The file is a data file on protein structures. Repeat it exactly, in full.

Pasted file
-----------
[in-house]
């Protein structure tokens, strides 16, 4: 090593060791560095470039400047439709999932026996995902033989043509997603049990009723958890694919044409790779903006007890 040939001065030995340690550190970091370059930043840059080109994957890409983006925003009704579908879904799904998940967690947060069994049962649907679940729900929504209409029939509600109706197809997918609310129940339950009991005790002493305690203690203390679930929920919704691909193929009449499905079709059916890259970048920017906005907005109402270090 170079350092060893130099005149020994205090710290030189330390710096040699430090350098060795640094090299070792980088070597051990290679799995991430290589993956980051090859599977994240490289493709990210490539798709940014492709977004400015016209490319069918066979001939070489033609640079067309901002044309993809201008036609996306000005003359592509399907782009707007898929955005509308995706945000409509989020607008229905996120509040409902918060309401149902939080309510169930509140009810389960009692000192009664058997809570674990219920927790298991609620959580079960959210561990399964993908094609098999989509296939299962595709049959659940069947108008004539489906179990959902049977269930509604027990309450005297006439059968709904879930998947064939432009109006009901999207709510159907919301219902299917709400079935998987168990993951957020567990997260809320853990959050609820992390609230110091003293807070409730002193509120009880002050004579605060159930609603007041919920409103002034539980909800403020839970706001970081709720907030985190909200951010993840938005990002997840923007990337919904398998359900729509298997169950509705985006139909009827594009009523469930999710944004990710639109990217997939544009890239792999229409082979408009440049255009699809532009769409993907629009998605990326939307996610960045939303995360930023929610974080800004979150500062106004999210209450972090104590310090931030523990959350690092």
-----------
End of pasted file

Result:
[in-house]
């Protein structure tokens, strides 16, 4: 090593060791560095470039400047439709999932026996995902033989043509997603049990009723958890694919044409790779903006007890 040939001065030995340690550190970091370059930043840059080109994957890409983006925003009704579908879904799904998940967690947060069994049962649907679940729900929504209409029939509600109706197809997918609310129940339950009991005790002493305690203690203390679930929920919704691909193929009449499905079709059916890259970048920017906005907005109402270090 170079350092060893130099005149020994205090710290030189330390710096040699430090350098060795640094090299070792980088070597051990290679799995991430290589993956980051090859599977994240490289493709990210490539798709940014492709977004400015016209490319069918066979001939070489033609640079067309901002044309993809201008036609996306000005003359592509399907782009707007898929955005509308995706945000409509989020607008229905996120509040409902918060309401149902939080309510169930509140009810389960009692000192009664058997809570674990219920927790298991609620959580079960959210561990399964993908094609098999989509296939299962595709049959659940069947108008004539489906179990959902049977269930509604027990309450005297006439059968709904879930998947064939432009109006009901999207709510159907919301219902299917709400079935998987168990993951957020567990997260809320853990959050609820992390609230110091003293807070409730002193509120009880002050004579605060159930609603007041919920409103002034539980909800403020839970706001970081709720907030985190909200951010993840938005990002997840923007990337919904398998359900729509298997169950509705985006139909009827594009009523469930999710944004990710639109990217997939544009890239792999229409082979408009440049255009699809532009769409993907629009998605990326939307996610960045939303995360930023929610974080800004979150500062106004999210209450972090104590310090931030523990959350690092």